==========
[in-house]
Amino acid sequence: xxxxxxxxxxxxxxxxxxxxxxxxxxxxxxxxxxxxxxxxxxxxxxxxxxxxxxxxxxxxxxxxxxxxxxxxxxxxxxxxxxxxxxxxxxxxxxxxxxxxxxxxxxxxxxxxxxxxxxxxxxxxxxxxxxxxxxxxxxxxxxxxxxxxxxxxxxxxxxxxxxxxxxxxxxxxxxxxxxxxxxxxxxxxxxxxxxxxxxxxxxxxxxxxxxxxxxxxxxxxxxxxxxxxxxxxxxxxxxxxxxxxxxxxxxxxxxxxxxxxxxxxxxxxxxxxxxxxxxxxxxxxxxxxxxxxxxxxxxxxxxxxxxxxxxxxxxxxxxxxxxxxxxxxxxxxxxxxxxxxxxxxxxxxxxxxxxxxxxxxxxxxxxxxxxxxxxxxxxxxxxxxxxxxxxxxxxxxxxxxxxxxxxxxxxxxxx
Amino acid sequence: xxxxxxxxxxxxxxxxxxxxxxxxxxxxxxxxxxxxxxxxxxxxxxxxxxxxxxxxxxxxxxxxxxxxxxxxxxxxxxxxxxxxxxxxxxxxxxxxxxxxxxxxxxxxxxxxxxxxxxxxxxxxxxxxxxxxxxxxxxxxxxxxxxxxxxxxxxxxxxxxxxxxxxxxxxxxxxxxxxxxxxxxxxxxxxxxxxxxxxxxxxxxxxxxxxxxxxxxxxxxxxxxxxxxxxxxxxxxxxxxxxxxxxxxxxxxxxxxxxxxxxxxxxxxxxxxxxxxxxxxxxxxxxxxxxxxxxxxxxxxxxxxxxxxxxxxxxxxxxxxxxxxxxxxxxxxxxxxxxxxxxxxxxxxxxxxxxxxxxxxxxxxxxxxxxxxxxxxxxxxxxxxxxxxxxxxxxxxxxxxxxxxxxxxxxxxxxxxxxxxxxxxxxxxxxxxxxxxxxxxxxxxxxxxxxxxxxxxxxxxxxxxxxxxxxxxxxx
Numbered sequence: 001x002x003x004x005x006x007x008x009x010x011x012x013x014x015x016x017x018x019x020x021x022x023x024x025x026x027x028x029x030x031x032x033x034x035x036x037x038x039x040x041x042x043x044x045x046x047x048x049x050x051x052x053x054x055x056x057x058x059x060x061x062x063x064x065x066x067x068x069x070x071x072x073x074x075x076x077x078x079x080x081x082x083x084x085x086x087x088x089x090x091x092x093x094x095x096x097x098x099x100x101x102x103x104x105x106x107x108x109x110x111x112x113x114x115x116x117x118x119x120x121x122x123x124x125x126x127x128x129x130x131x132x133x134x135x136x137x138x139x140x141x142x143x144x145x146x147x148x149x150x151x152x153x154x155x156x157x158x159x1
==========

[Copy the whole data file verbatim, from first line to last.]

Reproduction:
[in-house]
Amino acid sequence: xxxxxxxxxxxxxxxxxxxxxxxxxxxxxxxxxxxxxxxxxxxxxxxxxxxxxxxxxxxxxxxxxxxxxxxxxxxxxxxxxxxxxxxxxxxxxxxxxxxxxxxxxxxxxxxxxxxxxxxxxxxxxxxxxxxxxxxxxxxxxxxxxxxxxxxxxxxxxxxxxxxxxxxxxxxxxxxxxxxxxxxxxxxxxxxxxxxxxxxxxxxxxxxxxxxxxxxxxxxxxxxxxxxxxxxxxxxxxxxxxxxxxxxxxxxxxxxxxxxxxxxxxxxxxxxxxxxxxxxxxxxxxxxxxxxxxxxxxxxxxxxxxxxxxxxxxxxxxxxxxxxxxxxxxxxxxxxxxxxxxxxxxxxxxxxxxxxxxxxxxxxxxxxxxxxxxxxxxxxxxxxxxxxxxxxxxxxxxxxxxxxxxxxxxxxxxx
Amino acid sequence: xxxxxxxxxxxxxxxxxxxxxxxxxxxxxxxxxxxxxxxxxxxxxxxxxxxxxxxxxxxxxxxxxxxxxxxxxxxxxxxxxxxxxxxxxxxxxxxxxxxxxxxxxxxxxxxxxxxxxxxxxxxxxxxxxxxxxxxxxxxxxxxxxxxxxxxxxxxxxxxxxxxxxxxxxxxxxxxxxxxxxxxxxxxxxxxxxxxxxxxxxxxxxxxxxxxxxxxxxxxxxxxxxxxxxxxxxxxxxxxxxxxxxxxxxxxxxxxxxxxxxxxxxxxxxxxxxxxxxxxxxxxxxxxxxxxxxxxxxxxxxxxxxxxxxxxxxxxxxxxxxxxxxxxxxxxxxxxxxxxxxxxxxxxxxxxxxxxxxxxxxxxxxxxxxxxxxxxxxxxxxxxxxxxxxxxxxxxxxxxxxxxxxxxxxxxxxxxxxxxxxxxxxxxxxxxxxxxxxxxxxxxxxxxxxxxxxxxxxxxxxxxxxxxxxxxxxxx
Numbered sequence: 001x002x003x004x005x006x007x008x009x010x011x012x013x014x015x016x017x018x019x020x021x022x023x024x025x026x027x028x029x030x031x032x033x034x035x036x037x038x039x040x041x042x043x044x045x046x047x048x049x050x051x052x053x054x055x056x057x058x059x060x061x062x063x064x065x066x067x068x069x070x071x072x073x074x075x076x077x078x079x080x081x082x083x084x085x086x087x088x089x090x091x092x093x094x095x096x097x098x099x100x101x102x103x104x105x106x107x108x109x110x111x112x113x114x115x116x117x118x119x120x121x122x123x124x125x126x127x128x129x130x131x132x133x134x135x136x137x138x139x140x141x142x143x144x145x146x147x148x149x150x151x152x153x154x155x156x157x158x159x1